SORM, a System for Operative Investigative Activities, was amended in July 1998 to allow monitoring of the Internet in addition to telephone communications. SORM allows law enforcement agents to monitor Internet traffic and requires ISPs to assist law enforcement in their investigations. In late 2000, the Russian Supreme Court ruled that the law enforcement agents are required to obtain a warrant and inform ISPs when the SORM is going to be used.
In July 2012, the State Duma passed a law calling for the formation of an Internet blacklist—taking effect on 1 November 2012. The blacklist, administered by the Federal Service for Supervision of Communications, Information Technology and Mass Media (Roskomnadzor) and Federal Drug Control Service of Russia, was at that time described as means for the protection of children from harmful content; particularly that which glorifies drug usage, advocates suicide or describes suicide methods, or contain child pornography.
Roskomnadzor offers a website where users can check to see whether a given URL or IP address is in the blacklist, and can also report websites which contain prohibited materials authorities. After a submission is verified, Roskomnadzor will inform the website's owner and hosting provider. If the material is not removed within three days, the website will be added to the blacklist, and all Russian ISPs must block it. The full content of the blacklist is available to ISPs, but not to the general public, although soon after it was implemented, a leaked list of blacklisted websites was published by a LiveJournal user on 12 November 2012.
In Russian, the blacklist is officially called the Единый реестр доменных имён, указателей страниц сайтов в сети «Интернет» и сетевых адресов, позволяющих идентифицировать сайты в сети «Интернет», содержащие информацию, распространение которой в Российской Федерации запрещено, which translates to Common register of domain names, Internet website page locators, and network addresses that allow identifying Internet websites which contain information that is prohibited for distribution in the Russian Federation. Russian sources generally refer to it under the shortened name "Common register of prohibited websites" (Единый реестр запрещённых сайтов) or Common register of websites with prohibited information (Единый реестр сайтов с запрещённой информацией). English-language sources for the most part simply refer to it as the country's Internet blacklist.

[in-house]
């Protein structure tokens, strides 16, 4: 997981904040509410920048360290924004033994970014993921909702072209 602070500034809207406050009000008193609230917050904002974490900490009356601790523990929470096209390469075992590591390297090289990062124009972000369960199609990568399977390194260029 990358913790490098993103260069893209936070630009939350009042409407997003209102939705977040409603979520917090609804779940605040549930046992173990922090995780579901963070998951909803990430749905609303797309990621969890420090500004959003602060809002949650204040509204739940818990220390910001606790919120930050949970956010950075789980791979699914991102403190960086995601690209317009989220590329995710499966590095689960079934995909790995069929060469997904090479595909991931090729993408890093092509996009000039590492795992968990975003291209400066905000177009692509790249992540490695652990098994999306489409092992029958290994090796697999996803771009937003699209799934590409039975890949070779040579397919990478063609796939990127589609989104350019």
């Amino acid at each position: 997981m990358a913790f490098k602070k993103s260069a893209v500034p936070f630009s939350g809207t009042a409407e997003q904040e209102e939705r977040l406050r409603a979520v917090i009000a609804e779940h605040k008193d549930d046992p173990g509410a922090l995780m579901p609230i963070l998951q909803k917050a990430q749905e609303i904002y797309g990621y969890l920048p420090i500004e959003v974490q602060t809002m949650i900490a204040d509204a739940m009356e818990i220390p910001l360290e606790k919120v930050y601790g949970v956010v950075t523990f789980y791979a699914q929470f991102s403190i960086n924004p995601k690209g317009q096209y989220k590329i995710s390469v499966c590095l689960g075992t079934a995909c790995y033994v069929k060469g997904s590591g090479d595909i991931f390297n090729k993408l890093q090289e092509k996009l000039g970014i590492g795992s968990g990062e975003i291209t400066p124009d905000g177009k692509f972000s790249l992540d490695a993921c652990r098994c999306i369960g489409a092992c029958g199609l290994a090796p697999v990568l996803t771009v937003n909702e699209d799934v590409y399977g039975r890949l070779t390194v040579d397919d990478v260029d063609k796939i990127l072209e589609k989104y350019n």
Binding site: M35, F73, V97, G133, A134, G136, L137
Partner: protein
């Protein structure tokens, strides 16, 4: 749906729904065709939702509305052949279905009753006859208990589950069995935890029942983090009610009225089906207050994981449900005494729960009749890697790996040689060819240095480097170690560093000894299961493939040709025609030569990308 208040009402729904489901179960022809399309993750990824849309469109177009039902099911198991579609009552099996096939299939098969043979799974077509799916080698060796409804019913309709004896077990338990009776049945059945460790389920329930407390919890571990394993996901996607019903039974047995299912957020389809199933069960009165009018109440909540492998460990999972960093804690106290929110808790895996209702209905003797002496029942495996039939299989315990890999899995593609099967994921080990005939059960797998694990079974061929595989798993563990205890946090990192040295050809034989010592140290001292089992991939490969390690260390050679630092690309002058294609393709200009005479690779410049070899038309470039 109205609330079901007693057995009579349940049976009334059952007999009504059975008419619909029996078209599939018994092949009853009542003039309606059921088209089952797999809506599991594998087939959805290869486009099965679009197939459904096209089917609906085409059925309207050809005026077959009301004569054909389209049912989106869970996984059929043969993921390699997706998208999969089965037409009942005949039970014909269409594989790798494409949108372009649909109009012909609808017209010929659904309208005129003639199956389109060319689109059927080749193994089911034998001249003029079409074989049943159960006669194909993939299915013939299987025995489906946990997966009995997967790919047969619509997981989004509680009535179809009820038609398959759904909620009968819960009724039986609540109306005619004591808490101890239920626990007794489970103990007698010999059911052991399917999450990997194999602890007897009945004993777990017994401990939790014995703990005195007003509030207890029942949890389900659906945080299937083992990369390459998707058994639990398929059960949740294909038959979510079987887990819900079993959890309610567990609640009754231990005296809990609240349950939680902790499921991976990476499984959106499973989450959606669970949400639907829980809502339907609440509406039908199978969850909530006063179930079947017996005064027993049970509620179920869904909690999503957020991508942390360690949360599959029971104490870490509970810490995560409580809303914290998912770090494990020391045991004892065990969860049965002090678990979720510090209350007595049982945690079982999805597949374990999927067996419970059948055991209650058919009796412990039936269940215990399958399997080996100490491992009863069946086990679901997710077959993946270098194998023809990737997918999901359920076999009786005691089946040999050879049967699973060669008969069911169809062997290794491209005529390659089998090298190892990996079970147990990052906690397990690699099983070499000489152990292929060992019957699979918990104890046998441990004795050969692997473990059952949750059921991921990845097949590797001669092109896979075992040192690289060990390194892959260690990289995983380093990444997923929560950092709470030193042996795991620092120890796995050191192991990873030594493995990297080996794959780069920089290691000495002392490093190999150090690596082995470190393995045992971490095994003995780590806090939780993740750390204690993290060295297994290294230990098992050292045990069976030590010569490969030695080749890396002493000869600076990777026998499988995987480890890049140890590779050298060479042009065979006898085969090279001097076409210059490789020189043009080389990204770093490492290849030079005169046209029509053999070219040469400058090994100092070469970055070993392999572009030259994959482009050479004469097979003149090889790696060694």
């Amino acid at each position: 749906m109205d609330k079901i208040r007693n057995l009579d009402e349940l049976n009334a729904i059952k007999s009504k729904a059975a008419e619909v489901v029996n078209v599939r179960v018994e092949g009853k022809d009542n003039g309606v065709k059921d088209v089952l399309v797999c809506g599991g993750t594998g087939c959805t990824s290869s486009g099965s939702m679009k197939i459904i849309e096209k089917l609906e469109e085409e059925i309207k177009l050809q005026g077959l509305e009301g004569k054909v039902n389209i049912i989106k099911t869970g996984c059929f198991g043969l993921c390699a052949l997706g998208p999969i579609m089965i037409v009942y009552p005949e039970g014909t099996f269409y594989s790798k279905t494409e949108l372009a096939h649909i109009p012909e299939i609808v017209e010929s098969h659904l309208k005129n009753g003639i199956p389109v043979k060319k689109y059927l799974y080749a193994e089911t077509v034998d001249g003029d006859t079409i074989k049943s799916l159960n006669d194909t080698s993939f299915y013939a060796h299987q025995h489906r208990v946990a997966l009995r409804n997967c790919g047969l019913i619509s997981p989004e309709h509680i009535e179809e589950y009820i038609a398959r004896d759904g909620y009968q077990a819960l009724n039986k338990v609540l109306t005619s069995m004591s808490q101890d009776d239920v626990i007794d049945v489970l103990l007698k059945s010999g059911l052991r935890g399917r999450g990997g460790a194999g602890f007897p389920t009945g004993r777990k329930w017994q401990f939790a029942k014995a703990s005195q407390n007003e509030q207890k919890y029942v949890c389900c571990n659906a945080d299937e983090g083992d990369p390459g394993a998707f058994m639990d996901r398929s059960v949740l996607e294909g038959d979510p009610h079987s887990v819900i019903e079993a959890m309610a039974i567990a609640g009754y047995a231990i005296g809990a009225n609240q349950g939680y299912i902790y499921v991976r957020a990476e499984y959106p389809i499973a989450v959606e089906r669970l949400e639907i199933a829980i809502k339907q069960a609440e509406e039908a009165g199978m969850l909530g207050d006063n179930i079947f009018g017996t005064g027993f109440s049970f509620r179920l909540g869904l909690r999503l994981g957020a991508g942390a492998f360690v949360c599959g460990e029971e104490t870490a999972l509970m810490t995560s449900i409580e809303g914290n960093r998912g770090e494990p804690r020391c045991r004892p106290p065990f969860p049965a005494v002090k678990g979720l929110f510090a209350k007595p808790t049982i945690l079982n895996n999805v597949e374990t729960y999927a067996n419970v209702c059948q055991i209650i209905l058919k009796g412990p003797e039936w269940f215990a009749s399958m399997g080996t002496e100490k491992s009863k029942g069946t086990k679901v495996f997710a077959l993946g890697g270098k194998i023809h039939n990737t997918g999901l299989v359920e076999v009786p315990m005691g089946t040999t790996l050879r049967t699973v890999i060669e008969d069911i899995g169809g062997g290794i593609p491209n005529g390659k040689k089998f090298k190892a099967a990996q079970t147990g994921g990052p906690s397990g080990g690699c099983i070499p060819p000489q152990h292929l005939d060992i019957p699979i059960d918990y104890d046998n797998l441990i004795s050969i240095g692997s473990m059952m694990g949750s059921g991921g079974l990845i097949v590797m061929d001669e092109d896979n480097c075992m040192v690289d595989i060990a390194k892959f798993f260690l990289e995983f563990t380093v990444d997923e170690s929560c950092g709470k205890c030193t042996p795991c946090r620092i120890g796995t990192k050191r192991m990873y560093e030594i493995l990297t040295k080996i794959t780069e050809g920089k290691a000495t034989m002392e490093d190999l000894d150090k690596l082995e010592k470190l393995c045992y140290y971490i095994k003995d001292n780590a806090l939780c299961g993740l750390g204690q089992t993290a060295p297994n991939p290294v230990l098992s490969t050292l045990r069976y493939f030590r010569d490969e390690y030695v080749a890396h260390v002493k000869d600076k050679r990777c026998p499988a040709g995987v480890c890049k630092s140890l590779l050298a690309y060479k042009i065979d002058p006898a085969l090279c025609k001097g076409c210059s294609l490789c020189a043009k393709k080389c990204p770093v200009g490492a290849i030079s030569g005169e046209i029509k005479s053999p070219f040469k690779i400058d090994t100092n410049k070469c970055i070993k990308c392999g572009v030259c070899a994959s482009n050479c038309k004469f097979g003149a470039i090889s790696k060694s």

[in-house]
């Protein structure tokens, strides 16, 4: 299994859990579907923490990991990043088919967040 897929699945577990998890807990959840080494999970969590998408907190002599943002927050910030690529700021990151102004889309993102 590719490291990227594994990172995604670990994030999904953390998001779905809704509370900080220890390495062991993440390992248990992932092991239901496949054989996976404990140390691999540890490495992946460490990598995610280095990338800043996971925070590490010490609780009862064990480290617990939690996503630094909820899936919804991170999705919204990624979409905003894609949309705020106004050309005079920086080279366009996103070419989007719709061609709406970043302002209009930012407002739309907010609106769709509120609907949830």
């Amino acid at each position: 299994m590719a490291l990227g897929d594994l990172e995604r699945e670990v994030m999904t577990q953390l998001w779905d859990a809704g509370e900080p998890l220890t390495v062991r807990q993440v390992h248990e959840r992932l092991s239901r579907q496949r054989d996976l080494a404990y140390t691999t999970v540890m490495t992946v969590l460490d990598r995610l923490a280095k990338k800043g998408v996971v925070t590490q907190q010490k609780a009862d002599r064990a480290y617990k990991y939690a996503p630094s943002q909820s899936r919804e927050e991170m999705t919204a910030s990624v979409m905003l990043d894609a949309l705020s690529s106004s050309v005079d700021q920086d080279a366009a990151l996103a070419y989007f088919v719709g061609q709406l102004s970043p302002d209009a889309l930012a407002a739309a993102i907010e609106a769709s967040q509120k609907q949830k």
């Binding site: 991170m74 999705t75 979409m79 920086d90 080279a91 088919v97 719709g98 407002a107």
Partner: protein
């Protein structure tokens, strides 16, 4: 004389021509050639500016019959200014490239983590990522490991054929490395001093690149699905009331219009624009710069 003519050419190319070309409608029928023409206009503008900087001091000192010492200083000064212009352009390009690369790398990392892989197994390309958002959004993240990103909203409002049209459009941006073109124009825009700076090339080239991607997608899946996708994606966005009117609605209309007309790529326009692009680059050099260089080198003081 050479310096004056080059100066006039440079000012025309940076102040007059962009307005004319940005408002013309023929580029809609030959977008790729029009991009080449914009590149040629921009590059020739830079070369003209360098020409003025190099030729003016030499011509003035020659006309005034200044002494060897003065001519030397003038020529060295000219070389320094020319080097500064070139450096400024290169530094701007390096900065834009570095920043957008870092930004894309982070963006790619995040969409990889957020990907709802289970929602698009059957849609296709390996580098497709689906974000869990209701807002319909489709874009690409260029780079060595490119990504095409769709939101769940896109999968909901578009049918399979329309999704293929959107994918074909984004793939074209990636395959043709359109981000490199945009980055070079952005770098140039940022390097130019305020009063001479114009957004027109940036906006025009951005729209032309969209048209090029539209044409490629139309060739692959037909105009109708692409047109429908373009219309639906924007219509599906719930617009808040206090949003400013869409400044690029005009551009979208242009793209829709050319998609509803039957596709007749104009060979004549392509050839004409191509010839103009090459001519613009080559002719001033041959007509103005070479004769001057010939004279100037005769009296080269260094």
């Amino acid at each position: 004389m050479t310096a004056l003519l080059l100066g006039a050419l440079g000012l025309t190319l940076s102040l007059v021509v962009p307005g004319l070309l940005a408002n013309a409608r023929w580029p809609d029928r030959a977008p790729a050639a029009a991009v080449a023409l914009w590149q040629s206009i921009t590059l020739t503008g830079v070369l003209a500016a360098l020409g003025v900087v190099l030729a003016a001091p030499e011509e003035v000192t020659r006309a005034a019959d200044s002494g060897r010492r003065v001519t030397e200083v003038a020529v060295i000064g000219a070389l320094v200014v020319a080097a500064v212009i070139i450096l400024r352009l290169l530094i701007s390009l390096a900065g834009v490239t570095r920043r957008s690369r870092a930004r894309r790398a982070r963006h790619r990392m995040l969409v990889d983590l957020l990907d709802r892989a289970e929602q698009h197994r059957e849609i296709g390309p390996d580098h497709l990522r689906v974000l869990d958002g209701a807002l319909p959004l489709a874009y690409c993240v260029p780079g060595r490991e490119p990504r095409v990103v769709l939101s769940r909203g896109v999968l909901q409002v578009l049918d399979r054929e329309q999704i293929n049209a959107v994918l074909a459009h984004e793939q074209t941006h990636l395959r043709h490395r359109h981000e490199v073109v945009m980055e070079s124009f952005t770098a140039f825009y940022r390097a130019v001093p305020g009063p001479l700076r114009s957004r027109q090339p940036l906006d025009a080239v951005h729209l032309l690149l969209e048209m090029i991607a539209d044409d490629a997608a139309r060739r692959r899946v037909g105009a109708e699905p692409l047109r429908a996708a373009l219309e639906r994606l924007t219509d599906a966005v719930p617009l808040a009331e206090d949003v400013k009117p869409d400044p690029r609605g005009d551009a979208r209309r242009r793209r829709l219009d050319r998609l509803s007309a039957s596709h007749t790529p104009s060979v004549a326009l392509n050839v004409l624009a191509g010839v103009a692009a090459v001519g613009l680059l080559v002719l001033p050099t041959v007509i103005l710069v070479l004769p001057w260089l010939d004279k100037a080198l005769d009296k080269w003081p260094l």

In 2013 the blacklist law was, as expected by the human rights activists, amended with a clause to block content "suspected in extremism", mentioning explicitly actions such as "calling for illegal meetings", "inciting hatred" and any other actions "violating the established order".
Reaction to the blacklist
Reporters Without Borders criticized the procedure by which entries are added to the blacklist as "extremely opaque", and viewed it as part of an attack on the freedom of information in Russia. In 2012, when the banned content only included child pornography, drugs and suicide, the human rights activists have expressed fear that the blacklist may be used to censor democracy-oriented websites (which indeed happened the next year). And a Lenta.ru editorial noted that the criteria for prohibited content are so broad that even the website of the ruling United Russia party could in theory be blacklisted. However, the idea was at that time generally supported by the Russian public: in a September 2012 Levada Center survey, 63% of respondents had expressed support for "Internet censorship", though any kind of censorship is banned under the Constitution of Russia.
Electronic Frontier Foundation has criticized the blacklist, stating: "EFF is profoundly opposed to government censorship of the Internet, which violates its citizens right to freedom of expression... We are especially concerned about the censorship of independent news and opposing political views, which are essential to a thriving civil society. Russians who wish to circumvent government censorship can continue to read these websites via the Tor Browser."
Data retention law
On 23 July 2014, the State Duma passed a data retention law as an amendment to existing anti-terrorism legislation. The requires all web services to store the user data of Russian citizens on servers within the country. Sites which do not comply with this requirement by September 2016 may be added to the blacklist.
Instances of censorship
- In 2004 Russia pressured Lithuania, and in 2006 Sweden, into shutting down the Kavkaz Center website, a site that supports creation of a Sharia state in North Caucasus and hosts videos of terrorist attacks on Russian forces in the North Caucasus.
- During the December 2008 demonstrations in Vladivostok, it was reported by the Kontury news website that FSB officers issued a request that moderators of the ru_auto Internet community remove stories about the protests. The major reason, as reported by a moderator of the resource, was that repeating posts containing information about the protests worsened people's attitudes. The moderator in question requested bloggers to publish only unique posts about protest actions.
- In December 2009, Internet provider Yota, with over 100,000 subscribers blocked access to some Russian opposition Internet resources for its Moscow-based subscribers for a few days. This occurred after the chief prosecutor of St. Petersburg recommended that the company prevent access to extremist resources. The only Internet resource listed as extremist by the Ministry of Justice of Russia at the time was that of the Caucasian separatists, KavkazCenter.ru. Since the evening of 6 December 2009, Yota allowed access to all previously blocked resources except KavkazCenter.ru.
- On 8 April 2012, it was confirmed by Roskomnadzor that several Russian and English Wikipedia articles had been blacklisted.
- In July 2012, the Russian State Duma passed the Bill 89417-6, which provided a blacklist of Internet sites. The blacklist was officially launched in November 2012, despite criticism by major websites and NGOs.